It's true fiscal musical chairs.

Any pretense by elected officials that this massive diversion of basic services funding is a controlled and well thought out investment plan is official maleficence.

correction


of the 'greater' Urban Renewal structure and function.

The City Council has long been trying to turn Portland into their own personal amusement park so they need a name.
Every theme park has a name, and thanks to this post I've thought of one. How about Future Scam?

Can't say I am surprised at the faction of the commissioners that is promoting this, the one that accuses Diane Linn of not being a "team player". Not every team is worth joining. I hope she further distances herself from the crew team on the River Styx.

So, we know this is how the game is played, but how can we stop it before this city has gone completely down the tubes?

Though I tend to agree with your distrust of the PDC and the city/county development complex in general, I hope you're not suggesting that the need for a new county courthouse is a red herring. One way or another, the old county courthouse must be replaced, and it must be replaced soon. It's not simply decrepit, it is dangerous to everyone who visits and especially to those who work there (myself included). Forget the fact that it's not rated for even a mild earthquake, if it weren't a vital county building, I find myself doubting if it would have passed the recent fire inspection. Take a look at the recent Multnomah County Bar Association publication for a good explanation of why the courthouse desperately needs to be replaced.

The real scandal is why the county has put it off for so long - while they've been waiting, prime locations on government square (between 3rd and 4th for the several blocks south of Salmon downtown) that would have made sense financially have been allowed to go off the market. That's part of why the price has gone up so much.

Post Script to my above: No, despite how my post reads, I promise I'm not a PR person for the County. I'm just a concerned employee of the state Judicial Dept who happens to work in the building being discussed.

Mike:

Is it your understanding that the county is looking for an entirely new site for a courthouse, rather than intending to tear down and rebuild on the present site? And do you know if the county has considered upgrading and restoring the current building, along the lines of the restoration of City Hall? Simply abandoning the current courthouse and building somewhere else seems like a bad idea.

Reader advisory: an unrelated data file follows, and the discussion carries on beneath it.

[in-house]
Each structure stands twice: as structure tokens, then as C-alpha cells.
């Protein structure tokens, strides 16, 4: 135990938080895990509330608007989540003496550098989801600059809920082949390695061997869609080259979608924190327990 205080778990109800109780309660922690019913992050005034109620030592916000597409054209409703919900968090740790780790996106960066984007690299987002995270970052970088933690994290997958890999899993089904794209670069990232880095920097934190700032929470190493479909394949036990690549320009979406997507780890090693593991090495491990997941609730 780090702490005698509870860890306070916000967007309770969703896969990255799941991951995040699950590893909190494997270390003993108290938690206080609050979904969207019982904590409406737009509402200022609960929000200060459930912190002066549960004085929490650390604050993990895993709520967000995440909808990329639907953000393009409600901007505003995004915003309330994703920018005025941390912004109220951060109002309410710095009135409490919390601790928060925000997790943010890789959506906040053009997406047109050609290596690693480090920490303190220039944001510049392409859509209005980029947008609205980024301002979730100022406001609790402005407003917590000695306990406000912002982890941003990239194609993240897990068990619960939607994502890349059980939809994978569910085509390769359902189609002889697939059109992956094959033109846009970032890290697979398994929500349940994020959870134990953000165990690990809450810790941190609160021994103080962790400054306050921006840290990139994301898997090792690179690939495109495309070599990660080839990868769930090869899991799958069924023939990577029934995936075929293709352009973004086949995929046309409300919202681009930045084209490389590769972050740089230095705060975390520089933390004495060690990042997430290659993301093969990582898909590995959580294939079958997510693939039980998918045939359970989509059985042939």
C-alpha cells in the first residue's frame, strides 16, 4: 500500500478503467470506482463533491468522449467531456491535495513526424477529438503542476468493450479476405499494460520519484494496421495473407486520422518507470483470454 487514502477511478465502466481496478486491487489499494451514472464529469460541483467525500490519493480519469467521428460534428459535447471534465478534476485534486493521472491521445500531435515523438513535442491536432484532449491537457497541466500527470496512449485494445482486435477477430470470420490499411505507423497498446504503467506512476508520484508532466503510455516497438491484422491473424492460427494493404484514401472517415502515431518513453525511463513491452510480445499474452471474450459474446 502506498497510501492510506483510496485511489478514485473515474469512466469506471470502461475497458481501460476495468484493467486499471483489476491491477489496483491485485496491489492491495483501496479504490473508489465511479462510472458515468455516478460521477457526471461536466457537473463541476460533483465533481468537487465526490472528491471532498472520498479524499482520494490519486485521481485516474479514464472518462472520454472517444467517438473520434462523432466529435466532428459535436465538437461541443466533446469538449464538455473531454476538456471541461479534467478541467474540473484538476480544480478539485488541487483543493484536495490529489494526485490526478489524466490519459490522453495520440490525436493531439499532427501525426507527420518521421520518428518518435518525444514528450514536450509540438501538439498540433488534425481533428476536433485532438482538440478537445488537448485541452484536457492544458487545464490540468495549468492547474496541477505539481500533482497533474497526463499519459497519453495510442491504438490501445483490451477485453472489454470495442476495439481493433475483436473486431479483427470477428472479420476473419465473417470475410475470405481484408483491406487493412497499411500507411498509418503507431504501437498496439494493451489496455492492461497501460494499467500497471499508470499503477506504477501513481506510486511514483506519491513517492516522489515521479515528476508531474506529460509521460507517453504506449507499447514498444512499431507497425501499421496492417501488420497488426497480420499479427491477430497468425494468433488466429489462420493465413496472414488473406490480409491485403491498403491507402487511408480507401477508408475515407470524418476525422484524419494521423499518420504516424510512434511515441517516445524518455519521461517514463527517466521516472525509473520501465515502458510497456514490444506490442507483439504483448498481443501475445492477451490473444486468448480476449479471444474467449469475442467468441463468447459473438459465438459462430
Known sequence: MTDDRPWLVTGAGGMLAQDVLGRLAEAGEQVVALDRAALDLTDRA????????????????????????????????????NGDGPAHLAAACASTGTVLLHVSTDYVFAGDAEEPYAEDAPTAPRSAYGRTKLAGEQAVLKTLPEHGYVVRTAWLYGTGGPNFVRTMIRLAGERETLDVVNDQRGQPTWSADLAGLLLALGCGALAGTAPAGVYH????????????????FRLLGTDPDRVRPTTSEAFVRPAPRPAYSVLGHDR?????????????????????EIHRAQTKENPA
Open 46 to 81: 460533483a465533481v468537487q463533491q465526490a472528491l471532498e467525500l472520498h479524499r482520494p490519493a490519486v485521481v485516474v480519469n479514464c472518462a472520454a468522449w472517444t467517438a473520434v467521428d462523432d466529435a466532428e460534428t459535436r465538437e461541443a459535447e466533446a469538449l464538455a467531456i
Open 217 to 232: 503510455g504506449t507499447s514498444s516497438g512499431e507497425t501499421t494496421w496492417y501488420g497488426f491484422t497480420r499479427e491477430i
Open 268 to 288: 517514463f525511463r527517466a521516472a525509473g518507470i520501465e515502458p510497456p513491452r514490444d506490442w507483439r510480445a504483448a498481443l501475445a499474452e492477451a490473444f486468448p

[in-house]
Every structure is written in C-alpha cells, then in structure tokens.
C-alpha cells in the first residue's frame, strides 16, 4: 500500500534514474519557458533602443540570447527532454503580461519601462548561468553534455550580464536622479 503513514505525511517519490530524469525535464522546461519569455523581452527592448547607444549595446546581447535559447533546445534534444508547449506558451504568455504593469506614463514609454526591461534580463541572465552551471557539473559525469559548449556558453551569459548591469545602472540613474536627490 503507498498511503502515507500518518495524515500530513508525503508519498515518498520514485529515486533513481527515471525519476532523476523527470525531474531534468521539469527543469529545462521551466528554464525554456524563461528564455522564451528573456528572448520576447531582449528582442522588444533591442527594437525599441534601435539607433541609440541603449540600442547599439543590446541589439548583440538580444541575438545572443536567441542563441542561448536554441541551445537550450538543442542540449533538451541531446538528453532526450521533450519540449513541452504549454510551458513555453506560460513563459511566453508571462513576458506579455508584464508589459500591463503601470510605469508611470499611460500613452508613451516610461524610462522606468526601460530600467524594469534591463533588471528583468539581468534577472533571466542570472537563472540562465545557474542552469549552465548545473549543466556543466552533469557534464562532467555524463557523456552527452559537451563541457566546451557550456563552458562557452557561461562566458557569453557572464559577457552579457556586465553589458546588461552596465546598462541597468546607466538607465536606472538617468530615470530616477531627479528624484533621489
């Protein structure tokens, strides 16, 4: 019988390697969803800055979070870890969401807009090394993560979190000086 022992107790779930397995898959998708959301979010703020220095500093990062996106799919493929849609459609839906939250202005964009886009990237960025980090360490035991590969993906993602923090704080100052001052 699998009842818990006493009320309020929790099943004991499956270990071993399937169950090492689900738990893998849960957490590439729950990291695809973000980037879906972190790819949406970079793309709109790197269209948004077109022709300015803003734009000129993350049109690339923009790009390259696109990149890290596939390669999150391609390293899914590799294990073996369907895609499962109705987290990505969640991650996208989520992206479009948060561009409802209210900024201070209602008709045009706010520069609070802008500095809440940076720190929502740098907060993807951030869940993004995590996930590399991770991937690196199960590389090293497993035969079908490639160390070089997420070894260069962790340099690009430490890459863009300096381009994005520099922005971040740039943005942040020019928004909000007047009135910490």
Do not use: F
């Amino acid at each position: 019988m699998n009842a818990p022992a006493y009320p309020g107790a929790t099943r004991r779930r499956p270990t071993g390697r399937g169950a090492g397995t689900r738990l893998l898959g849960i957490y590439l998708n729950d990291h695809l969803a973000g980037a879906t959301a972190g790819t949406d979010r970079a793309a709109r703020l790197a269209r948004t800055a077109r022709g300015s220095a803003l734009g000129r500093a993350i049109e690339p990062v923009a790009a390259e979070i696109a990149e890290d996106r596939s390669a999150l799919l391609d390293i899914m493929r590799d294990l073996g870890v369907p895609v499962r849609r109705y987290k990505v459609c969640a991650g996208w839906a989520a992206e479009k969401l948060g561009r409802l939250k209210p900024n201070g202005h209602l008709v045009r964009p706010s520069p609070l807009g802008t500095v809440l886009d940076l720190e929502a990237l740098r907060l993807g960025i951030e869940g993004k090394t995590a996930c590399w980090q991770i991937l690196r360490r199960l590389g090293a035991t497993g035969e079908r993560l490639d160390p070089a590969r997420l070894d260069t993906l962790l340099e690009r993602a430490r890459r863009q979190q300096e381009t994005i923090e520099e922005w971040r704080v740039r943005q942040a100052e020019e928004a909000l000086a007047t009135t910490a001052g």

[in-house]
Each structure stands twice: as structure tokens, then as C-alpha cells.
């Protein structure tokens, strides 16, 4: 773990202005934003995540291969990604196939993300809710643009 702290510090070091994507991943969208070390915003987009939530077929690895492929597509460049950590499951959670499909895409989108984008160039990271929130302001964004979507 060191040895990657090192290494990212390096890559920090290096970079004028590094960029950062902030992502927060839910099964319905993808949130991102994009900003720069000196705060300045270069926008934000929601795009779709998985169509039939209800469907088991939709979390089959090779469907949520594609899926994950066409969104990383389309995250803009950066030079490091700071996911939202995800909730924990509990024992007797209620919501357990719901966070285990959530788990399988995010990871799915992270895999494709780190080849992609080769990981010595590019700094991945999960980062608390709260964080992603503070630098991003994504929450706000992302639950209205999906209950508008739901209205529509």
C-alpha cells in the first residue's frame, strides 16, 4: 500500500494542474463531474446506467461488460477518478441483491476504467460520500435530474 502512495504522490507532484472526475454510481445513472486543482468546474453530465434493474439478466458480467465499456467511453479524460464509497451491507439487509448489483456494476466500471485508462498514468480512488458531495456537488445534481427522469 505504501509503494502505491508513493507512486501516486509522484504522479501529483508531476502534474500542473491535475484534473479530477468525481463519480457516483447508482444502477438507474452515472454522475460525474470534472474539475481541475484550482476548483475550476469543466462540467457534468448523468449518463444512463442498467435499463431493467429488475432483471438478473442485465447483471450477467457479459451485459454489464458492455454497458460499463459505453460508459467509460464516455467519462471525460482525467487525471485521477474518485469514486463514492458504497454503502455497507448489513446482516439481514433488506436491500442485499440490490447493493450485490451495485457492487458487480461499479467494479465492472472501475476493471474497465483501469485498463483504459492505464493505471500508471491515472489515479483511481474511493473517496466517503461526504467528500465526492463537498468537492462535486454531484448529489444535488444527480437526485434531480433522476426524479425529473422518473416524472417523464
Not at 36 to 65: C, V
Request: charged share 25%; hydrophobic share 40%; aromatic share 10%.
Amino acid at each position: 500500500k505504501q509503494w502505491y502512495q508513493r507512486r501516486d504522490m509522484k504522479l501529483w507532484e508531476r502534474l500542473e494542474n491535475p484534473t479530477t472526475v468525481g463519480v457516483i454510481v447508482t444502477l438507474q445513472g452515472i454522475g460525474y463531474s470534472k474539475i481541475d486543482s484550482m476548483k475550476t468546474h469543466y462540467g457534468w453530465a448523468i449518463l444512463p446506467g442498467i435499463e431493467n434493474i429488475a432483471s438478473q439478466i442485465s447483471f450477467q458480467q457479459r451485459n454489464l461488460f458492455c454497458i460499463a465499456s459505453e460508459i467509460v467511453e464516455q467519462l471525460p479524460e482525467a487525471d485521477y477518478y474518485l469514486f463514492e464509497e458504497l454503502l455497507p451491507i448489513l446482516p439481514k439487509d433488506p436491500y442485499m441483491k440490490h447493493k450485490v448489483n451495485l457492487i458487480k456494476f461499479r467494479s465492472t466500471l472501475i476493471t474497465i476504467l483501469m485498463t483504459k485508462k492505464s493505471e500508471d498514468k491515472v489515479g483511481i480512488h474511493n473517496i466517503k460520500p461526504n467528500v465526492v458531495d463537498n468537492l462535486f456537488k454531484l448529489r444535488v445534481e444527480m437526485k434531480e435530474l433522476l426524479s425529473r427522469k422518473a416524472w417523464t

I don't work in the courthouse but do work in the legal community and therefore visit the Multnomah Courthouse frequently. It's easy to see that it's overcrowded and in very bad shape, having suffered the effects of poor quality maintenance, remodeling and expansion over the years.

If you really wanted to, you could save the courthouse the same way the Pioneer Courthouse, the Central Library and City Hall were saved. But the will, apparently, is not there, and I'm sure Hoffman Construction or one of the other local corporate welfare recipients has a new building greased and ready to go.

Richard:

I would sincerely hope that the current courthouse would not be demolished - it is a very significant historic property (not sure if it officially has a historic preservation status to it, however) that is part of Portland's urban fabric. Tearing it down would be like tearing down Penn State or the Empire State Building for a Wal-Mart.

Anyways, the current courthouse isn't big enough to handle the # of cases that go through it right now. Besides, there already is a huge remodeled addition to it - have no idea when it was built, but its terrible - completely screwed the place up, and is likely incurring huge maintenance bills due to its terrible design. The proposal would be to demolish the addition and restore the building to its former glory, and then possibly let another government (state, city, feds, not sure) agency utilize it.

Then build a new one.

But for god's sake, when you're going to build, do it right - otherwise you're going to regret the financial hell that results from buildings that require enormous maintenance work, additional expansion & upgrading, etc - if they aren't addressed properly in the first place.

Also, tearing down architectural significant buildings in ANY city will bring down hell and high water - damned citizen activists and preservationists - and make your life not worth living.